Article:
Learn how parental behavior at bedtime with toddlers effects them in their later life in this medical report.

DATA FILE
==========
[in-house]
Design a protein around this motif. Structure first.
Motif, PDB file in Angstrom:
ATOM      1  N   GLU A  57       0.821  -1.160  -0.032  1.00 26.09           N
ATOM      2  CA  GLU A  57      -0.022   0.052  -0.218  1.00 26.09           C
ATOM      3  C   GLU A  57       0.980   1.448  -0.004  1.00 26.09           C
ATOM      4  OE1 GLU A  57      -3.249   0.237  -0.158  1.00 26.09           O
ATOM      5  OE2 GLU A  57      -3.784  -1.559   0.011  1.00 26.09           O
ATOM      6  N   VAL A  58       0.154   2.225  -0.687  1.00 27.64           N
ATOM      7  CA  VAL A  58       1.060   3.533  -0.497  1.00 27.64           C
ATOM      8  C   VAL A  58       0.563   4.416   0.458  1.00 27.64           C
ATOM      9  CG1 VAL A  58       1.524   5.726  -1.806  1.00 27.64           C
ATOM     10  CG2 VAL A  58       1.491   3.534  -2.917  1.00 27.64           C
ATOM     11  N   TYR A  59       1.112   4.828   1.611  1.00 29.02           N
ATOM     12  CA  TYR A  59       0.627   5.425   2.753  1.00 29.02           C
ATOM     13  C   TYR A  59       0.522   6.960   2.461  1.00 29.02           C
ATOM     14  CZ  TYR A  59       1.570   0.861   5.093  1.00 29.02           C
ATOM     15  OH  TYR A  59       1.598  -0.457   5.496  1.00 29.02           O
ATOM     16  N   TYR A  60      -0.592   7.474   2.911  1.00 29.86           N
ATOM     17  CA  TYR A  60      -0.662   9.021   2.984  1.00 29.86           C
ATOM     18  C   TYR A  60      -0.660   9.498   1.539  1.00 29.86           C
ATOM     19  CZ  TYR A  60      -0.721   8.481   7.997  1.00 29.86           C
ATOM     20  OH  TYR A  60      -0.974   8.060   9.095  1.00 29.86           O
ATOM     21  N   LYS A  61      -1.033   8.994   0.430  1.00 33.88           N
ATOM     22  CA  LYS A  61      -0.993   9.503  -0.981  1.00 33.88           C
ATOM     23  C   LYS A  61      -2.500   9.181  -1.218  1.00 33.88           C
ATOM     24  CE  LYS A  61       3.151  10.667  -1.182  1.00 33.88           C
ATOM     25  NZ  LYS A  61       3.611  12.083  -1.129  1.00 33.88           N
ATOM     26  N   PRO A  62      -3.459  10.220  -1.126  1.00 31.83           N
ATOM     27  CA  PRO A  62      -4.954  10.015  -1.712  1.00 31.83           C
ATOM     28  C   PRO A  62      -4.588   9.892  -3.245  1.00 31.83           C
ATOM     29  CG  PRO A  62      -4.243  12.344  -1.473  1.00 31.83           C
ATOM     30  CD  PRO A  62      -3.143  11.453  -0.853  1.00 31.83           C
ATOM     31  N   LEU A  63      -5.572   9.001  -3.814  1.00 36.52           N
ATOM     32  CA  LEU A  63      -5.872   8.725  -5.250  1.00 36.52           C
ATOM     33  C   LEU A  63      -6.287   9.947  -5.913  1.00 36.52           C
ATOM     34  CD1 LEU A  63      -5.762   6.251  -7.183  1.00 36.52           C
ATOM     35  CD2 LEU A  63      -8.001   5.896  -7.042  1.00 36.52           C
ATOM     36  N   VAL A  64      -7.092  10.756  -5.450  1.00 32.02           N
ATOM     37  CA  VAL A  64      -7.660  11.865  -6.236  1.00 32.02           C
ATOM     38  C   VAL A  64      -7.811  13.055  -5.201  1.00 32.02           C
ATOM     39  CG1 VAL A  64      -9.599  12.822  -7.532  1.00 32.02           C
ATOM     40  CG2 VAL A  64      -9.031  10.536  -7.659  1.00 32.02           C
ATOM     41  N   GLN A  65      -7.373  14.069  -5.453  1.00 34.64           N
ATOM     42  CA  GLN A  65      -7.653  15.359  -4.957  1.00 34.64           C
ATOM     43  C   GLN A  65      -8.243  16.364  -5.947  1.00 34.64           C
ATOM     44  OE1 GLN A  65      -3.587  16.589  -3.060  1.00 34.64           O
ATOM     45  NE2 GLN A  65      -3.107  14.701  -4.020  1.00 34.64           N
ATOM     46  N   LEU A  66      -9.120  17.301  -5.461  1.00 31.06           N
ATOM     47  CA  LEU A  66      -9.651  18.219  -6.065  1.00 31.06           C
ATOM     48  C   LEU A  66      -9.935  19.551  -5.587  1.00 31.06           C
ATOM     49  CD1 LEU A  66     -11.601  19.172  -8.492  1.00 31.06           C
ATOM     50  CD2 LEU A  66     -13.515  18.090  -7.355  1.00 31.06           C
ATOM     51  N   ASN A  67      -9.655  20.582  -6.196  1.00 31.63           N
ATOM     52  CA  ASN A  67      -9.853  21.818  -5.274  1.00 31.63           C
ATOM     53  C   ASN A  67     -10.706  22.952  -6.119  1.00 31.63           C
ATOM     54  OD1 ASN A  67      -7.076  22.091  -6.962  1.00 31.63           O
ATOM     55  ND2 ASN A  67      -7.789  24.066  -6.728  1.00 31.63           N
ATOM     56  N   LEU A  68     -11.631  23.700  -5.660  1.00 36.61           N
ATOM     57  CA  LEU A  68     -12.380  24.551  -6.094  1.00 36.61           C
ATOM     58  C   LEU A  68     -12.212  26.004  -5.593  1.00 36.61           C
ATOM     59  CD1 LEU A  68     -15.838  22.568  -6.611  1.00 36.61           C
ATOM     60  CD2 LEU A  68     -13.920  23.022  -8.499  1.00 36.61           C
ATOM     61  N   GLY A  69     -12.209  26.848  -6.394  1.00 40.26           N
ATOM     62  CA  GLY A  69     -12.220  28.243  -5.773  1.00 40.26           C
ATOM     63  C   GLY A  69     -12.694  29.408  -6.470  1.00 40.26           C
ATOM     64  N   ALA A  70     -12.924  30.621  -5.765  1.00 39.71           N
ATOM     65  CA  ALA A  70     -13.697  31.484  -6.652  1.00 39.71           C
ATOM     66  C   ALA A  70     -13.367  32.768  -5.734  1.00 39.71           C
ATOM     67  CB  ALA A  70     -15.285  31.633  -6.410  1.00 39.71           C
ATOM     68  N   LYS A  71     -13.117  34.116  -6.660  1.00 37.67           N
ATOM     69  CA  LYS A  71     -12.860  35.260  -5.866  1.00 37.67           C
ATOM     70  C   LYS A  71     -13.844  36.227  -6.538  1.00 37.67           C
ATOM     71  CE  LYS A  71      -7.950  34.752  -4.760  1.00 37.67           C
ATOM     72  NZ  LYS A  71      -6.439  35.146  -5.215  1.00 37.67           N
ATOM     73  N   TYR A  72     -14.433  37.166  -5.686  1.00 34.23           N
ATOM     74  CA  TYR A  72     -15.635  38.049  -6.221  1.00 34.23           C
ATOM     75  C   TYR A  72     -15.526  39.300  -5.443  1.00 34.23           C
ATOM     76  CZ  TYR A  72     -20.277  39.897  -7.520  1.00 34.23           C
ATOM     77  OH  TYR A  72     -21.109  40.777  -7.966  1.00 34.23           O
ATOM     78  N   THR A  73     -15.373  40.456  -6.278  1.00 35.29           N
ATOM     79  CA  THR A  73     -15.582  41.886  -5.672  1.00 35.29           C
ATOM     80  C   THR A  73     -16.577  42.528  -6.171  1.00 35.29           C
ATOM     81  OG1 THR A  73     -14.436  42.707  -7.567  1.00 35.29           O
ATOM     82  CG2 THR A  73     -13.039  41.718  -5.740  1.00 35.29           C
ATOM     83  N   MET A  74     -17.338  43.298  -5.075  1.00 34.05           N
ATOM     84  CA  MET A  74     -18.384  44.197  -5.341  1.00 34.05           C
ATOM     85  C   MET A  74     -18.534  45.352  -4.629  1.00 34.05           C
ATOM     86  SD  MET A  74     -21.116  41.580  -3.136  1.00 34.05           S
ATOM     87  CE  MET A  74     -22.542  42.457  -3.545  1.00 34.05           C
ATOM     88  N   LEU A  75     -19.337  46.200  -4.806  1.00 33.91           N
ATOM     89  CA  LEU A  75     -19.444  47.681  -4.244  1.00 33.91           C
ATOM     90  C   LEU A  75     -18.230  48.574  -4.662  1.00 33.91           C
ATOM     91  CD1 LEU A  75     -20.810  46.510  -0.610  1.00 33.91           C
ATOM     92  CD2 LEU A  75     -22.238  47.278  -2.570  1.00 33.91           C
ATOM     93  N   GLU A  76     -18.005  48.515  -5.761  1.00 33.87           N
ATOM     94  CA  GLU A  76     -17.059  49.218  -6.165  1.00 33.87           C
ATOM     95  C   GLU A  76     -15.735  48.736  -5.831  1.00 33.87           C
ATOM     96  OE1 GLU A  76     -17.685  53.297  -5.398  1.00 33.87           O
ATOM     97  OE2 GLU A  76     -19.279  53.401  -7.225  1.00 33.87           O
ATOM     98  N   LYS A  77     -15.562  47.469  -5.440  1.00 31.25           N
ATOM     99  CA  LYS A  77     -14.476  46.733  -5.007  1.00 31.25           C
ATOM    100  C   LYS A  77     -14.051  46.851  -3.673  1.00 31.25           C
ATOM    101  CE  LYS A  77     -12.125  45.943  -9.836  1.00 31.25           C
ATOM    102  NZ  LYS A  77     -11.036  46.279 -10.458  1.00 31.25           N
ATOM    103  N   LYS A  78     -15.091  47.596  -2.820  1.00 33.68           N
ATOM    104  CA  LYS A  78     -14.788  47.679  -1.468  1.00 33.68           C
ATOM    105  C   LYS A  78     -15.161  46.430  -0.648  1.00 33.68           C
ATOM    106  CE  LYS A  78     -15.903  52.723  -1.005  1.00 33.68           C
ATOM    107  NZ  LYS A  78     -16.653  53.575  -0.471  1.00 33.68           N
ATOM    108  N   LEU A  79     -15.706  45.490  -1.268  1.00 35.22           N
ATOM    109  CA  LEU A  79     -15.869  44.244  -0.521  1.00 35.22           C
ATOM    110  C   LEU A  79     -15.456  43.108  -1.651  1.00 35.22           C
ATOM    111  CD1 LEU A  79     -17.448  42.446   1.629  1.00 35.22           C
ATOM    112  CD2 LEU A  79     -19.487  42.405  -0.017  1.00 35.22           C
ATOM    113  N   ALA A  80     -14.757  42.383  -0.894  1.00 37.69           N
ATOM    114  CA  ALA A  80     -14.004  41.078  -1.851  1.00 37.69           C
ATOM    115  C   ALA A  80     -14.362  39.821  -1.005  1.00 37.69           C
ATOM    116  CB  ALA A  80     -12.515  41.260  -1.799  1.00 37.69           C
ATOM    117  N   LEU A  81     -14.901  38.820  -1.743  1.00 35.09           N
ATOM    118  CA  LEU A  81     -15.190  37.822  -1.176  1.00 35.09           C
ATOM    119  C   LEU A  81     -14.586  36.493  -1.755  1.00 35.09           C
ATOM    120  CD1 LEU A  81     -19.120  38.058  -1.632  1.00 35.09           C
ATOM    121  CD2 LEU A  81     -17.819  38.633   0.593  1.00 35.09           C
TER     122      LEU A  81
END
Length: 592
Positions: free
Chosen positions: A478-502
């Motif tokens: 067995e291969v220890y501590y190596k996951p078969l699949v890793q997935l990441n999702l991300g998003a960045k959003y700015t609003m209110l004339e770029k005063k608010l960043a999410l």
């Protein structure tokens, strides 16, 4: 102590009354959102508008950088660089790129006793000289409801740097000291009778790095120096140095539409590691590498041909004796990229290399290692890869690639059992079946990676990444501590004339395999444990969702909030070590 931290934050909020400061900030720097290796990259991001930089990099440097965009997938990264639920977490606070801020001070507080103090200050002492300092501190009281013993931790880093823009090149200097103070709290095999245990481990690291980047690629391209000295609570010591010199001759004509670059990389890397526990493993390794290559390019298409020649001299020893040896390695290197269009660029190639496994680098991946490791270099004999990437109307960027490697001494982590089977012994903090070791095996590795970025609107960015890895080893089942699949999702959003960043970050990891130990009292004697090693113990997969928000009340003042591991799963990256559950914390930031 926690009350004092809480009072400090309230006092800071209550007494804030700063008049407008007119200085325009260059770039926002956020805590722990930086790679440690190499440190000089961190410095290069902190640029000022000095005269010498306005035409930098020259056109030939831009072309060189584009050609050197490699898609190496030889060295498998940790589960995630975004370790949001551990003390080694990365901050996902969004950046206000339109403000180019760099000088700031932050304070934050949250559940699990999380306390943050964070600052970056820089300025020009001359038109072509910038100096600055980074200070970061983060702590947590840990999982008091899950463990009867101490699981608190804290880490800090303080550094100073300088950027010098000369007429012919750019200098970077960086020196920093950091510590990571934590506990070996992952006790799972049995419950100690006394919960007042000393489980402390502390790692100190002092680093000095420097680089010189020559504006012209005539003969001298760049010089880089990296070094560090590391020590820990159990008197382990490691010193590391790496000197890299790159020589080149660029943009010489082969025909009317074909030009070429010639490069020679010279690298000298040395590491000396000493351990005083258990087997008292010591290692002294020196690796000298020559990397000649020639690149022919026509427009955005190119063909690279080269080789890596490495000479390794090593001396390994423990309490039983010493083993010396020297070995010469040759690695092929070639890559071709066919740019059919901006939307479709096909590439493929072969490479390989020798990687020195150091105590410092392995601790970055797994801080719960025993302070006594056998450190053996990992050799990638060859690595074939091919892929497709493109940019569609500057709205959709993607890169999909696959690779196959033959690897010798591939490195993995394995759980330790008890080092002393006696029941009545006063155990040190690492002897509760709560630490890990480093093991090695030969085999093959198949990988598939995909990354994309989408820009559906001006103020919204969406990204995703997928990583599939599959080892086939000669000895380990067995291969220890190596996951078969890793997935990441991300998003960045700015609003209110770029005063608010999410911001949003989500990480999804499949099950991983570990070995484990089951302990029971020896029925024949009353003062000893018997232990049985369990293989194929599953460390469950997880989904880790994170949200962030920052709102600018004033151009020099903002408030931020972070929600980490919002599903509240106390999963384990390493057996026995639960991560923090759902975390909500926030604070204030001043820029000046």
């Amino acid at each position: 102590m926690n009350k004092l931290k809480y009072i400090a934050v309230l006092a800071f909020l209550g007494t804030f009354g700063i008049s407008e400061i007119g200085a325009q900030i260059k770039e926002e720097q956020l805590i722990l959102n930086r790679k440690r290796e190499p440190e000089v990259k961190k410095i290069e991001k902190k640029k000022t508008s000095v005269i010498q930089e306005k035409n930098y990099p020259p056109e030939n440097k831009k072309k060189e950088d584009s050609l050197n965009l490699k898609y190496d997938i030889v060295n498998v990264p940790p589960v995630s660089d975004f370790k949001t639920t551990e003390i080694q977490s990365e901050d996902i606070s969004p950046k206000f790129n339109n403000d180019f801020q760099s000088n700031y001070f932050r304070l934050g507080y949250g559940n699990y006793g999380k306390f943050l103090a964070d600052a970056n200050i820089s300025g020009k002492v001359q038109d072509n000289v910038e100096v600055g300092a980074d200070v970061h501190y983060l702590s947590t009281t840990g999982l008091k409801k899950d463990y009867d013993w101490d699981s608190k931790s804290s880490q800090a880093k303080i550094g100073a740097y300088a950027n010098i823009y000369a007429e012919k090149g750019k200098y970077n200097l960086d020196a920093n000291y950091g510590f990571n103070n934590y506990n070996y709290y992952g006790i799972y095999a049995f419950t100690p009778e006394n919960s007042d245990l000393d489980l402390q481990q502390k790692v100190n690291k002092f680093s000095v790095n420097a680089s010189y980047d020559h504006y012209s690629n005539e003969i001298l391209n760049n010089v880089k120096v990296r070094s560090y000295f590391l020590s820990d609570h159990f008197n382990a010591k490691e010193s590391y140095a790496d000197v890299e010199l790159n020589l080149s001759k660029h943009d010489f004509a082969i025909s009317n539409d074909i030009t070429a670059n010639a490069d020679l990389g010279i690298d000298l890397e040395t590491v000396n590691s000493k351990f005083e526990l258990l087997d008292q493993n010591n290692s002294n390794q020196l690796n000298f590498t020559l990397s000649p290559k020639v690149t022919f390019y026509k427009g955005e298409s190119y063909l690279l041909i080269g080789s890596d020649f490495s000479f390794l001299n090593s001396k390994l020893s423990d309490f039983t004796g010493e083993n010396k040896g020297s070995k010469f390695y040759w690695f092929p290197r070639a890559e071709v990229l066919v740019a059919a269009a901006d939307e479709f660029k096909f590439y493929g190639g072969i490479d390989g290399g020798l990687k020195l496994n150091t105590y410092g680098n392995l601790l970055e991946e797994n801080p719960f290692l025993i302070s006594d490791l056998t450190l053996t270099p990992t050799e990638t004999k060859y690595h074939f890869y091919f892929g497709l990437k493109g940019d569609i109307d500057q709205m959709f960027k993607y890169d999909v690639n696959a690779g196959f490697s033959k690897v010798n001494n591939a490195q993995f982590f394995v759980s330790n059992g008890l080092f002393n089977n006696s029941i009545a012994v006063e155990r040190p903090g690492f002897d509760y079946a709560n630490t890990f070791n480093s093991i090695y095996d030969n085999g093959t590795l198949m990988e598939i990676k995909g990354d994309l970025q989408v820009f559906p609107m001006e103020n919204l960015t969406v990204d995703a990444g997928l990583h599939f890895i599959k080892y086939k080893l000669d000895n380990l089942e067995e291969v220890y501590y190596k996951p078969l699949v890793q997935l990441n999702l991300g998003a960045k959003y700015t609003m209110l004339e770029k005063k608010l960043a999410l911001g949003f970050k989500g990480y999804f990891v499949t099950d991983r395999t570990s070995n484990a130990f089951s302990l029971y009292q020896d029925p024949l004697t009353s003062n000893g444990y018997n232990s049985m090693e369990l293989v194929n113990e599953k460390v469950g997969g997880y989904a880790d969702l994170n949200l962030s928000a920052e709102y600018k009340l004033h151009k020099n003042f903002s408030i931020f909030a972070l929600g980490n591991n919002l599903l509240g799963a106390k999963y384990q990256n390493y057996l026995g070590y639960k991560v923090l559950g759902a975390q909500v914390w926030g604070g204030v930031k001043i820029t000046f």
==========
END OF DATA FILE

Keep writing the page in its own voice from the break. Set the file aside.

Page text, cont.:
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Susan Sharma: This is insidermedicinein60 from Boston. With over 25% of preschool children being overweight, many are interested in the effects of sleep, given that less sleep may change hormone levels that can increase hunger. In a study of over 900 children, Harvard researchers evaluated sleep patterns and weight on school entry, and found that 9% of the sample was overweight and sleeping less than 12 hours per night raised the risk of being overweight. From Montreal, parental behaviors at bedtime with toddlers may raise of risk of sleep problems in children in later life. Researchers studied nearly 1000 patients starting at the age of 5 months and following them for 6 years, frequently assessing the children's sleeping patterns. Co-sleeping after nighttime awakening was associated with a delay in returning to sleep, while the mother's presence at the beginning of sleep appeared protective against such delays. Finally from Virginia, in a study of nearly 2500 Swedish twins, researchers examined the effect of genetics on 3 different types of fears: situational fear (such as fear of closed spaces), animal fears and blood or injury fears. Overall, genetic factors influenced all three types of fears, but did not remain stable over time. For instance, one set of genetic risk factors is more important in childhood fears and another in early or late adolescence. For Insidermedicinein60, I'm Dr. Susan Sharma.
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